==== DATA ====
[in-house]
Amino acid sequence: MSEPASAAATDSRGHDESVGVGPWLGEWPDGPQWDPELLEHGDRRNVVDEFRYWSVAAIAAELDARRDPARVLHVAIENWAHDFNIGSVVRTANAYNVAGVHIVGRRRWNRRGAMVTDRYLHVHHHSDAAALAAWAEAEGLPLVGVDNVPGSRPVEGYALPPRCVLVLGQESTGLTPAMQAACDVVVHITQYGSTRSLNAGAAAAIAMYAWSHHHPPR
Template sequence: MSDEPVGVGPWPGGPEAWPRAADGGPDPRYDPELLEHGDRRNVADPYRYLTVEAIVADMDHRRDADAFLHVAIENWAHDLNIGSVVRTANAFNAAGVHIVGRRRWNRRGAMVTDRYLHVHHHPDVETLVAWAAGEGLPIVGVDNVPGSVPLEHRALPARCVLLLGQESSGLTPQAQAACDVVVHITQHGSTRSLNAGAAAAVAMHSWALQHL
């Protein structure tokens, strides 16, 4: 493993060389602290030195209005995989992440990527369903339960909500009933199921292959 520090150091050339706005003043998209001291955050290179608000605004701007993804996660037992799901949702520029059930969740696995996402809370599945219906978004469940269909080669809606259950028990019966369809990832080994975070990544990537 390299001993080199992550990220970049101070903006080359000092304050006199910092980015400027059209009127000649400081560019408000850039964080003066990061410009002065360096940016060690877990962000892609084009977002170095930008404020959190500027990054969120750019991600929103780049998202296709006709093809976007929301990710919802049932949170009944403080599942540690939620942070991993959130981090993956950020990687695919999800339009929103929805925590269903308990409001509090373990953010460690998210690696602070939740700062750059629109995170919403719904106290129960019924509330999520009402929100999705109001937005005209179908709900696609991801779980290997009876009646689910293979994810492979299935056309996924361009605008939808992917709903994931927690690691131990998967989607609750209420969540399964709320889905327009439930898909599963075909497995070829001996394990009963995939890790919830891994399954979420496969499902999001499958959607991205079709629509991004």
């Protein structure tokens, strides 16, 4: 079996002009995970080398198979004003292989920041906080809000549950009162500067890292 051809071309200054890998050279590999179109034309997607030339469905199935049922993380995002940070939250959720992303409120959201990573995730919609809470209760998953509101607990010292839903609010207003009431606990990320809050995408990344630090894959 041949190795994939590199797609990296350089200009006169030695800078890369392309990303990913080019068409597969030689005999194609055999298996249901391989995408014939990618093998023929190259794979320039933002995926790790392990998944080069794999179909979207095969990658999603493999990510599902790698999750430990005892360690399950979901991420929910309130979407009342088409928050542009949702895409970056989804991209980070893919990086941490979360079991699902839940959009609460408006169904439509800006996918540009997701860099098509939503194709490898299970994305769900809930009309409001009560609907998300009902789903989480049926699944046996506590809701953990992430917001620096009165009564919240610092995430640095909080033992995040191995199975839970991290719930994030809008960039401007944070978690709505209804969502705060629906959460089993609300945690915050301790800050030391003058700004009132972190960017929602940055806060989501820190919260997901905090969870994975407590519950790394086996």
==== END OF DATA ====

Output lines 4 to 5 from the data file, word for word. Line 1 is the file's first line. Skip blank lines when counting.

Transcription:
């Protein structure tokens, strides 16, 4: 493993060389602290030195209005995989992440990527369903339960909500009933199921292959 520090150091050339706005003043998209001291955050290179608000605004701007993804996660037992799901949702520029059930969740696995996402809370599945219906978004469940269909080669809606259950028990019966369809990832080994975070990544990537 390299001993080199992550990220970049101070903006080359000092304050006199910092980015400027059209009127000649400081560019408000850039964080003066990061410009002065360096940016060690877990962000892609084009977002170095930008404020959190500027990054969120750019991600929103780049998202296709006709093809976007929301990710919802049932949170009944403080599942540690939620942070991993959130981090993956950020990687695919999800339009929103929805925590269903308990409001509090373990953010460690998210690696602070939740700062750059629109995170919403719904106290129960019924509330999520009402929100999705109001937005005209179908709900696609991801779980290997009876009646689910293979994810492979299935056309996924361009605008939808992917709903994931927690690691131990998967989607609750209420969540399964709320889905327009439930898909599963075909497995070829001996394990009963995939890790919830891994399954979420496969499902999001499958959607991205079709629509991004």
């Protein structure tokens, strides 16, 4: 079996002009995970080398198979004003292989920041906080809000549950009162500067890292 051809071309200054890998050279590999179109034309997607030339469905199935049922993380995002940070939250959720992303409120959201990573995730919609809470209760998953509101607990010292839903609010207003009431606990990320809050995408990344630090894959 041949190795994939590199797609990296350089200009006169030695800078890369392309990303990913080019068409597969030689005999194609055999298996249901391989995408014939990618093998023929190259794979320039933002995926790790392990998944080069794999179909979207095969990658999603493999990510599902790698999750430990005892360690399950979901991420929910309130979407009342088409928050542009949702895409970056989804991209980070893919990086941490979360079991699902839940959009609460408006169904439509800006996918540009997701860099098509939503194709490898299970994305769900809930009309409001009560609907998300009902789903989480049926699944046996506590809701953990992430917001620096009165009564919240610092995430640095909080033992995040191995199975839970991290719930994030809008960039401007944070978690709505209804969502705060629906959460089993609300945690915050301790800050030391003058700004009132972190960017929602940055806060989501820190919260997901905090969870994975407590519950790394086996």